A painting is one-of-a-kind, or is it?

Recently we had the incredible opportunity to work on a Leger — a fake Leger, that is. Our wonderful client’s dad had painted the reproduction nearly a half century ago. He was an art history professor and painted as a hobby, and we were so impressed with his ability!

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Fernand Leger was born in France in 1881, and developed his famous populist cubist style in the 1920s. His painting, Le Petit Dejeuner, the painting our reproduction is based on, was painted in 1921.

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The painting had some scuffs and scratches and a major tear to the left side. We patched it, filled, and touched into the loss to blend the repair into the original.

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Our painting even had a signature, and while they’re different enough to distinguish the original from its copy, we are still so amazed by this truly special piece.

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The Environment Matters, Even for Conservators

With technology and science in conservation evolving so quickly, sometimes it’s difficult to imagine that frequently the best solution for a project comes from nature itself.

The sun, our planet’s life-giver, emits UV rays that are invaluable in restoration. Here are three examples where the natural material yields the best result.

1) MOLD MITIGATION

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Darkness and moisture are mold’s best friends. In fact, when a client’s artworks have been exposed to water, the first thing we recommend is getting the item outside if it’s a sunny day. One mold spores form they are impossible to remove, but dryness and UV light can help stop mold from developing further.

2) LIFTING YELLOW IN PLASTICS

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A well-known technique in vintage toy restoration is using a combination of hydrogen peroxide and UV light to lift yellowing in white plastics. Although effective, this treatment is best left to professionals as improper use of these materials can also alter and lift tangential colors.

3) GLASS ADHESIVE

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There is a type of adhesive which is formulated to cure with UV light. The maker Swarovski frequently applies this thin glue to attach many of its fine crystal components. The advantage of such an adhesive is that it does not yellow like many glues, but the strength of the bond is sometimes weak, especially with a surface as smooth and non-porous as glass.

Dealing With the High Cost of Restoration

Our conservators, as artists first and foremost, understand that sometimes it is unrealistic to be able to budget for full-scale restoration work on an item, no matter how precious the piece. When the case, we try to find non-invasive solutions to temporarily repair and ultimately protect your piece until it can have more extensive work done.

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Here, a client had already spent a good deal of money at a jeweler attempting to reconnect the clasp with solder. The work was incomplete, with the link weakened by lack of material and over-shaping the remaining. As a result, the fastener was unstable and breaking open with wear.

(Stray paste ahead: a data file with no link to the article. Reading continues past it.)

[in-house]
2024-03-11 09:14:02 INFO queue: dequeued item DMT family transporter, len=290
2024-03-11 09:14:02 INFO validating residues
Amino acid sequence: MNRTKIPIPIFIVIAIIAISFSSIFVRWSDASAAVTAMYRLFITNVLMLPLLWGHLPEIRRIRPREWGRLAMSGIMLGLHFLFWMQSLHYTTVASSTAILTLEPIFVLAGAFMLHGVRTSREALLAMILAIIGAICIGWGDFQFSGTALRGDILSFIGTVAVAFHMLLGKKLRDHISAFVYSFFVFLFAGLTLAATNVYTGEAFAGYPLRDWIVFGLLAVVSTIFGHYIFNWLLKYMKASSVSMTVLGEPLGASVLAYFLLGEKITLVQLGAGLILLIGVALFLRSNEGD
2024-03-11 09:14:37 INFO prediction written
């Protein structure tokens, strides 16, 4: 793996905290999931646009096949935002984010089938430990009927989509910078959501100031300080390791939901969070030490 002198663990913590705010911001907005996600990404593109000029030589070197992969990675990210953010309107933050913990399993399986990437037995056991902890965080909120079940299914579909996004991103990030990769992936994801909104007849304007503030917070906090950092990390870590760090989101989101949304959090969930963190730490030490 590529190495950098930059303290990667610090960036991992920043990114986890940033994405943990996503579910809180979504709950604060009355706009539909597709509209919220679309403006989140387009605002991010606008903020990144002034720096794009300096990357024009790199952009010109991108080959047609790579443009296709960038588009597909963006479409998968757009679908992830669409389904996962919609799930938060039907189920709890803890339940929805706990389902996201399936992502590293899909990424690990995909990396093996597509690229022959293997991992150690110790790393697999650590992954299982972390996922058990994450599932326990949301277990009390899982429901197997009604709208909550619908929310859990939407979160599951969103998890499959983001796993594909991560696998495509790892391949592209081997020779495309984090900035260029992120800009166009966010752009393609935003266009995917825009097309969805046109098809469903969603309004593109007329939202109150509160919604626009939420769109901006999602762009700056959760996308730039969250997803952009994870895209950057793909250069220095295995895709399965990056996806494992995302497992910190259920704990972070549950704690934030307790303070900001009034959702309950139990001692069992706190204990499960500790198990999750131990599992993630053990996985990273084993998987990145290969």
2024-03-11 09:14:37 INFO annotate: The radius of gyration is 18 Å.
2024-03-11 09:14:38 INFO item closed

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We knew the client did not want to spend a fortune repairing the previous job, so we recommended a temporary, yet stable, fix. First, we tested out some shades of gold powder, to find a close match to the original material.

 

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We mixed that into a two-part epoxy and carefully dotted along the clasp to complete the fastener. Allowing for cure time, our work reveals a wearable and relatively durable solution for his piece at a far smaller cost than the previous unsatisfactory restoration.

 

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Project Restoration: Declaration of Independence

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On July 4th, 1776, a group of men put forth a document that would forever change the course of human history. The original Declaration of Independence still survives and is one of the most treasured papers in American history.

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In 1995, the National Archives began planning for an update of the technology preserving the document. In 2001, conservators finally opened the case for the first time in 50 years. They discovered that the glass protecting the paper was degrading and the ink was fading at an alarming rate.

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The project was led by the National Institute of Standards and Technology, a branch of the US Department of Commerce. The base of the case was created from a 600-pound block of aluminum, carefully carved by a milling machine. The inert gas now being circulated through the encasement would be argon, as opposed to helium.
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The new glass is presently an inch above the surface of the paper and the case is airtight, allowing no oxygen to leak in and cause chemical degradation. Now safely at home in its new encasement, the Declaration of Independence can also serve as a wonderful example of how evolutions in technology can change the techniques employed by conservators.

Source: http://www.history.com/shows/modern-marvels/videos/restoring-the-declaration-of-independence